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Chong VH, Lim KC, Rajendran N
Correspondence: Dr Chong Vui Heng, firstname.lastname@example.org
Introduction The prevalence of Helicobacter pylori (H. pylori) infection has been reported to vary between and even within countries. We retrospectively assessed the prevalence among patients referred for endoscopy in our local setting.
Methods 4,700 patients, who had endoscopy and H. pylori testing for the first time over a five-year period, were reviewed.
Results The mean age was 45.4 +/- 17.1 years (male 51.1 percent), with racial breakdown similar to the national breakdown. The main indications for endoscopy were dyspepsia (59.6 percent), anaemia (12.6 percent), gastrointestinal bleeding (9.4 percent) and gastro-oesophageal reflux (7.6 percent). The overall prevalence of H. pylori was 26.9 percent, highest in the 30-39 years (30.3 percent) age group. This was higher in males compared to females (30.3 percent versus 23.3 percent, p-value is less than 0.001). Among the racial groups, the expatriate (35.3 percent, p-values are less than 0.001) and the indigenous (31.3 percent, p-values are less than 0.001) groups had significantly higher prevalence rates compared to the Malays (25.9 percent) and the Chinese (23.2 percent). Patients with dyspepsia had the highest prevalence (29.8 percent) compared to the other indications. In patients with peptic ulcer disease, the prevalence rate was 46.9 percent. Over the five-year period, there was a decline in prevalence from 32.3 percent to 25.6 percent. This trend was seen in the Malays and the Chinese, but not the indigenous and the expatriate groups.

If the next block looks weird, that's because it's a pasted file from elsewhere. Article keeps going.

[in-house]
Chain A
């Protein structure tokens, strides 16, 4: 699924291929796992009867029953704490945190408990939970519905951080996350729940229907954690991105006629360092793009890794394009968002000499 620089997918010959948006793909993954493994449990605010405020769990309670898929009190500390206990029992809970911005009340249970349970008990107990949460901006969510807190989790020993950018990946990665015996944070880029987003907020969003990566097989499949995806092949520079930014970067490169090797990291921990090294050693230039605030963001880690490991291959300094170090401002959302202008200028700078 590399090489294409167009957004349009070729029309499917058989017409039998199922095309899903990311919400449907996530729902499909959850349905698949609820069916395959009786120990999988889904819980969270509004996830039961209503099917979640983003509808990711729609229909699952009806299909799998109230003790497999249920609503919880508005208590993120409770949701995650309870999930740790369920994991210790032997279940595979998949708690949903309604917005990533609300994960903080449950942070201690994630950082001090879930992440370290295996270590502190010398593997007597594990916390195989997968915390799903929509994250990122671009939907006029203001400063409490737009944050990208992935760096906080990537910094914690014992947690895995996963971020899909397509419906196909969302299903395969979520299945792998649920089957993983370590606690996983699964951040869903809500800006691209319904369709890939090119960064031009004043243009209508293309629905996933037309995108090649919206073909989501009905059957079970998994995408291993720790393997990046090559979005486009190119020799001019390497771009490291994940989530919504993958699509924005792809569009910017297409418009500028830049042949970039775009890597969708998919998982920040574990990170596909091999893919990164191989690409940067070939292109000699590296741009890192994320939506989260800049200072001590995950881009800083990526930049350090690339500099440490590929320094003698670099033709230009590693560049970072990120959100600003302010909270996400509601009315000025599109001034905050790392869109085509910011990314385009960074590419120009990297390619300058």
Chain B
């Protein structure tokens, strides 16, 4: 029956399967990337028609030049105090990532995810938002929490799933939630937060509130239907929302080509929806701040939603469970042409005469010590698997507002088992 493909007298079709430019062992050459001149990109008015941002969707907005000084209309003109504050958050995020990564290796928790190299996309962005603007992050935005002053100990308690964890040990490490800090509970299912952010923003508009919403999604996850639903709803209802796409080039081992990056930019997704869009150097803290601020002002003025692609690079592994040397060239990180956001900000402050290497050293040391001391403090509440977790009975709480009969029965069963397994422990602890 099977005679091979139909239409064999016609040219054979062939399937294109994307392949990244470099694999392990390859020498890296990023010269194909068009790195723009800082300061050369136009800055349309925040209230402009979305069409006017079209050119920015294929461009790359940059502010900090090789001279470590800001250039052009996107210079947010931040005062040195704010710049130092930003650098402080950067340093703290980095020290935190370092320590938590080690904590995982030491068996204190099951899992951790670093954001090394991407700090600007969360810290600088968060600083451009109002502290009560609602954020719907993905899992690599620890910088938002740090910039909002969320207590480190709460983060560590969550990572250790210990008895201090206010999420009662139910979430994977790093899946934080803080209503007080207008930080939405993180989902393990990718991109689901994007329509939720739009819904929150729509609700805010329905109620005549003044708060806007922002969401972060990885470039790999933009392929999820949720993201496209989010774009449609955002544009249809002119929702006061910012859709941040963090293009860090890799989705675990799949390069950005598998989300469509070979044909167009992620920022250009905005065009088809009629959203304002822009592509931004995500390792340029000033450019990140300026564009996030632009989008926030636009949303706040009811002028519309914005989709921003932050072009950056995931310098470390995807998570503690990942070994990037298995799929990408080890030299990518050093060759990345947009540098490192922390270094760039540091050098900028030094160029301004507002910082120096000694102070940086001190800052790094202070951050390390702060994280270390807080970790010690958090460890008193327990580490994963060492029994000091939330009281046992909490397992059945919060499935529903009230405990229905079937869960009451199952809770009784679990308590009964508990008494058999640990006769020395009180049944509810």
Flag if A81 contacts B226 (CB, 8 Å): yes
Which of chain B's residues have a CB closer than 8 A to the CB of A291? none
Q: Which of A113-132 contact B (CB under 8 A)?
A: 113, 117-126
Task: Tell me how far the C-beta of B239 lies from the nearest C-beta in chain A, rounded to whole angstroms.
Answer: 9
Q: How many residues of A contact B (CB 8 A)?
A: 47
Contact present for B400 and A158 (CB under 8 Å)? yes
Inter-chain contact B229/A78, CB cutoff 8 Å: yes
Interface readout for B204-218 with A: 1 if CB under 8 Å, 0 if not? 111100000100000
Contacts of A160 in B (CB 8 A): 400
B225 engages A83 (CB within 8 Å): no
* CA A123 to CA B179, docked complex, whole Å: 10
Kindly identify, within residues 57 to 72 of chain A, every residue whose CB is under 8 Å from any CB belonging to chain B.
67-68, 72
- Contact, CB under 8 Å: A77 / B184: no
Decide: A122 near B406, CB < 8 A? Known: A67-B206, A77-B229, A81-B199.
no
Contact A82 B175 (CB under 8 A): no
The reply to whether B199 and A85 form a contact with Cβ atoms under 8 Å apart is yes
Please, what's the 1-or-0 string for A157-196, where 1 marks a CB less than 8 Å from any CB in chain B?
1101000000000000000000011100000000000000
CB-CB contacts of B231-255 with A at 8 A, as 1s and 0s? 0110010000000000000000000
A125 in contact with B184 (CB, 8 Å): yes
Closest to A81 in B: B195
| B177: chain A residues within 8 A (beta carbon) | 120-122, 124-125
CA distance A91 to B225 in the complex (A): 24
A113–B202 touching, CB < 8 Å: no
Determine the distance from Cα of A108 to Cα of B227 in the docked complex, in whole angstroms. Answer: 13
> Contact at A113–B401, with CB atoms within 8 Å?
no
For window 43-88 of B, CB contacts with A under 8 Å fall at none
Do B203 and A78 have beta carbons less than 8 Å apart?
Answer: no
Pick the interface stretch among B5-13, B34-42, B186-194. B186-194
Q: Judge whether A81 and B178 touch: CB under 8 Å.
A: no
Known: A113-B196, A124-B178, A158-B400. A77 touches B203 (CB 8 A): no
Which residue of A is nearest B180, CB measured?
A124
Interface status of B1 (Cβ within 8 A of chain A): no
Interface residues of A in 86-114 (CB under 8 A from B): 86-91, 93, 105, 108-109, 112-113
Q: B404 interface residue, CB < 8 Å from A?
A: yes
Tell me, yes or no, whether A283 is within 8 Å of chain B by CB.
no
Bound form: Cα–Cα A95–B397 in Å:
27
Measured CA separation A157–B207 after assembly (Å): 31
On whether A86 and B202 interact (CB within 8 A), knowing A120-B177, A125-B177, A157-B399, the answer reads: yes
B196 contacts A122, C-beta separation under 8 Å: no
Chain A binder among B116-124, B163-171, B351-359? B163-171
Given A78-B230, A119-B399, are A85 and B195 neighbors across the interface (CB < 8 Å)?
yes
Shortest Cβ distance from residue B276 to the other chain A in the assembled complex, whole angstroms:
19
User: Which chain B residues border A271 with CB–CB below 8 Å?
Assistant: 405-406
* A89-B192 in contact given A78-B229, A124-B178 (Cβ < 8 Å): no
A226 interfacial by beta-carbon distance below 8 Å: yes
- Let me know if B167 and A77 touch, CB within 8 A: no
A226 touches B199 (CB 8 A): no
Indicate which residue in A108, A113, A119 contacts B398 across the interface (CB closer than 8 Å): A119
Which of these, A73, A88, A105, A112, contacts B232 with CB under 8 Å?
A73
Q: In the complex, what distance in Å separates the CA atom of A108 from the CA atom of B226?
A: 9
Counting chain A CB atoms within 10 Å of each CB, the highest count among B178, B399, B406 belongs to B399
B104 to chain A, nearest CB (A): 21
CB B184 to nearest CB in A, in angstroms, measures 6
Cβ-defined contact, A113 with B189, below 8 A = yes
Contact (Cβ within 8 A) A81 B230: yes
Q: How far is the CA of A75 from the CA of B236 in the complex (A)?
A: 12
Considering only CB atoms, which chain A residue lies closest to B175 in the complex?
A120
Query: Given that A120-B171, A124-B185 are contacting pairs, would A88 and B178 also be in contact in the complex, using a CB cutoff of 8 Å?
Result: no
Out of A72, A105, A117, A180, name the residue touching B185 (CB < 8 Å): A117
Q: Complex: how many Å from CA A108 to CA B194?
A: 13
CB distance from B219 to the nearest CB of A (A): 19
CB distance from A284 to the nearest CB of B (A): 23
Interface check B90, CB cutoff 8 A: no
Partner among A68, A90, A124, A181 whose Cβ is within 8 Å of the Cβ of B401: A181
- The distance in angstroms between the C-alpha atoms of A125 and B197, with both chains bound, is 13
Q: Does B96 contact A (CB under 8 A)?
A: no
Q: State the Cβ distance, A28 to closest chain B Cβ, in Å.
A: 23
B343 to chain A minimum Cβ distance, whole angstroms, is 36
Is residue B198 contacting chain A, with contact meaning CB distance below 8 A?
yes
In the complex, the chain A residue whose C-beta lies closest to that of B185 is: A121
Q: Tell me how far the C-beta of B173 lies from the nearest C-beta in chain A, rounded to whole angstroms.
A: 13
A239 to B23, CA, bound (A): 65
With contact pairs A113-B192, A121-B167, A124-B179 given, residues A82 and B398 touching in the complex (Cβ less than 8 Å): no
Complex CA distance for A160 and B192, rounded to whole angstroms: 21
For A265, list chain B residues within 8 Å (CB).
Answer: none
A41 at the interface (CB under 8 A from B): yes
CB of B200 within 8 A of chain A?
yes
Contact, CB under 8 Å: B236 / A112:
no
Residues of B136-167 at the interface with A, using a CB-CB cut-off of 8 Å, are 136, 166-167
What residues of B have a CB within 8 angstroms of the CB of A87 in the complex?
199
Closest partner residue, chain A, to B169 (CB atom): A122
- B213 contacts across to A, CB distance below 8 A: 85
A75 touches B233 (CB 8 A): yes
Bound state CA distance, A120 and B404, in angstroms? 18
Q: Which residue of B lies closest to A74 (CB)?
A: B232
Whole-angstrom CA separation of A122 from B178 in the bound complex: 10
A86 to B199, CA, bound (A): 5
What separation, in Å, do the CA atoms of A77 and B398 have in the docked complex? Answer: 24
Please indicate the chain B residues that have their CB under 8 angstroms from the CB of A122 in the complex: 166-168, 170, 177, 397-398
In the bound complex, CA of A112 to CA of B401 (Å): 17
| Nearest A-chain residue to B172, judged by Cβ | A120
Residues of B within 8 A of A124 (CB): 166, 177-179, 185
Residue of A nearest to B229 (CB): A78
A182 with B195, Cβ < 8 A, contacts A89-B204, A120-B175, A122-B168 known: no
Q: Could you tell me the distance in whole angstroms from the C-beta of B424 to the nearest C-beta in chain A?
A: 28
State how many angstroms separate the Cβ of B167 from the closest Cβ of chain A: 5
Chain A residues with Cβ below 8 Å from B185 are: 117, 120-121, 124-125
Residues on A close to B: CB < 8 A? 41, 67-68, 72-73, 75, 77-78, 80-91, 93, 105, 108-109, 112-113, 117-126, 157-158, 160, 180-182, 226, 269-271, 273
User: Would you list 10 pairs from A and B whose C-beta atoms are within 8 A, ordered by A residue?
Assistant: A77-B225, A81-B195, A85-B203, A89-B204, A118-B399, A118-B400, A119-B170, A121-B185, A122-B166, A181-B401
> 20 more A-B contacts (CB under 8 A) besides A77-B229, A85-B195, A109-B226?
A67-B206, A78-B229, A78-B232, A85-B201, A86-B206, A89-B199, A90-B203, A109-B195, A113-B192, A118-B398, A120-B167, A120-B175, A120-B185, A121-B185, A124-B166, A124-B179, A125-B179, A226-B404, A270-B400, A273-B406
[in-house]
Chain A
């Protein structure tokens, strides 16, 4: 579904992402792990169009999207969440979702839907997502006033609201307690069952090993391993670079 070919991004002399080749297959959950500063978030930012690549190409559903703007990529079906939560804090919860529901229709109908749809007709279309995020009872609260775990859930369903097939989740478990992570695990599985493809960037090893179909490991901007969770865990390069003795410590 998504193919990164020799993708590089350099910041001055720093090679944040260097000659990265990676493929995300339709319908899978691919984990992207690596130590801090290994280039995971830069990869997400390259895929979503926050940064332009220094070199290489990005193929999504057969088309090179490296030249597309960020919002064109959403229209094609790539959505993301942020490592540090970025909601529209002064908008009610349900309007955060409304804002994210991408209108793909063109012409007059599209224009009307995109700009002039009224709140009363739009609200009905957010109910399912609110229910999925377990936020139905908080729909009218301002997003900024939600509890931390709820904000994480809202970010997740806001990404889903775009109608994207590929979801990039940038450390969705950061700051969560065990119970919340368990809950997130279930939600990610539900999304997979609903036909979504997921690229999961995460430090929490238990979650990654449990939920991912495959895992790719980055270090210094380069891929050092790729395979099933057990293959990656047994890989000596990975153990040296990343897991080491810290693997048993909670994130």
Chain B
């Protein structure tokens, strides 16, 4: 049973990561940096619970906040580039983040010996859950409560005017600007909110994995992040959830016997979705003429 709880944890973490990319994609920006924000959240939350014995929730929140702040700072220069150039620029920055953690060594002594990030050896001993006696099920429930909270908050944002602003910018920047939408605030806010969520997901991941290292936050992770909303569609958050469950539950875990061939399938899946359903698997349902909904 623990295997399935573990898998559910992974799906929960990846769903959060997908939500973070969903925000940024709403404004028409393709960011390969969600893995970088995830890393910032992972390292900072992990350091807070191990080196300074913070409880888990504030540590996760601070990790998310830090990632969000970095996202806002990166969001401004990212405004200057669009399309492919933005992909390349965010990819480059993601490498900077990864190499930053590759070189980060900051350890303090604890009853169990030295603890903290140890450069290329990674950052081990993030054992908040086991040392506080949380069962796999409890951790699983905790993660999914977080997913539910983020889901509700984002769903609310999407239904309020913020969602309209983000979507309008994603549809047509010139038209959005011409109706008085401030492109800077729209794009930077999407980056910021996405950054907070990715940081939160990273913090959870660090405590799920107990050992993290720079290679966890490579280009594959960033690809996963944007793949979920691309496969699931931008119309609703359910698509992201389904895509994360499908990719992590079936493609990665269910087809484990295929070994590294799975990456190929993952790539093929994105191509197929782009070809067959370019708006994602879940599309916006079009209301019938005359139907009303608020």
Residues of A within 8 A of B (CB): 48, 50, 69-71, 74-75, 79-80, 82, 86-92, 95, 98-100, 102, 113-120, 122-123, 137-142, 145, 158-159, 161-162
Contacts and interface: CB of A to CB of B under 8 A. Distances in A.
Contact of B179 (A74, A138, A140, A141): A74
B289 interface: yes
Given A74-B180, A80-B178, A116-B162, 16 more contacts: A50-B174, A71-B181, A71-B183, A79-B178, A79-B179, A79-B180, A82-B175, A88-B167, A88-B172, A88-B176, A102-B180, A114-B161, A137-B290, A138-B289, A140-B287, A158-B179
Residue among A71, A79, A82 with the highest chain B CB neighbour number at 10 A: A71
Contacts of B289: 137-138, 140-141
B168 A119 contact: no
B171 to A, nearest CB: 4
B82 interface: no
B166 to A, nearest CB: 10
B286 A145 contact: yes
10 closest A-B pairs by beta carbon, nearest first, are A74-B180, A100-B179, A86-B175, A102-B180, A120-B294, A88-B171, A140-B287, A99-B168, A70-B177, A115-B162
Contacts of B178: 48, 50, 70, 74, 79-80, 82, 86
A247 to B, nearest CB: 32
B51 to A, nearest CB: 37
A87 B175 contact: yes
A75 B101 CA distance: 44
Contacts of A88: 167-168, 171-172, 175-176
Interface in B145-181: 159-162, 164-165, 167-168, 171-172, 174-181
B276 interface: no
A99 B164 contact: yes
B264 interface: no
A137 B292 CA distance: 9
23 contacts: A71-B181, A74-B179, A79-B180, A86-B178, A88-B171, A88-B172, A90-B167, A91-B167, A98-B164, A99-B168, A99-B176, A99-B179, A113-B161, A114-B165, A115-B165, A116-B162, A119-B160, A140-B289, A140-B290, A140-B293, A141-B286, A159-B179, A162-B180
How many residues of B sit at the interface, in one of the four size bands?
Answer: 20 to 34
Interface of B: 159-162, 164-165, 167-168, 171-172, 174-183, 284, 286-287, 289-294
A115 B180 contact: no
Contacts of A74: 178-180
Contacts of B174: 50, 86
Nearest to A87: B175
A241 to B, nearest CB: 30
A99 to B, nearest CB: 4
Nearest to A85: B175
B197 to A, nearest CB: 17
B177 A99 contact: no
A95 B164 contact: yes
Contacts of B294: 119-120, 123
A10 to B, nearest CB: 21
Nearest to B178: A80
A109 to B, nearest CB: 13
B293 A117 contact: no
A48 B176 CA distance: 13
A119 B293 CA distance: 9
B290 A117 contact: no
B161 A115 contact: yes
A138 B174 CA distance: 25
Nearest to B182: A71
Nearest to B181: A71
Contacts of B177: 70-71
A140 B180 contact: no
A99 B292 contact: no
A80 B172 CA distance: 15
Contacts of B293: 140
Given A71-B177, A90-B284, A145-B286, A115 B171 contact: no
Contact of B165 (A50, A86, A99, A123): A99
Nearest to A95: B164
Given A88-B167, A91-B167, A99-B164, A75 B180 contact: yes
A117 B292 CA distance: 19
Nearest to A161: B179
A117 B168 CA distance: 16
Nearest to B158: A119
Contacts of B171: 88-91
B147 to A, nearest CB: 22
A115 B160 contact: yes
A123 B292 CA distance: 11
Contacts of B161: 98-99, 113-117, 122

Conclusion Similar to reported data from the regions, prevalence of H. pylori infection varies, with the Malays and the Chinese having the lowest prevalence rate. The prevalence among those with peptic ulcer disease was lower than reported. There was also a decline in the overall prevalence.
Keywords:dyspepsia, endoscopy, Helicobacter pylori, peptic ulcer
Singapore Med J 2008; 49(1): 42-46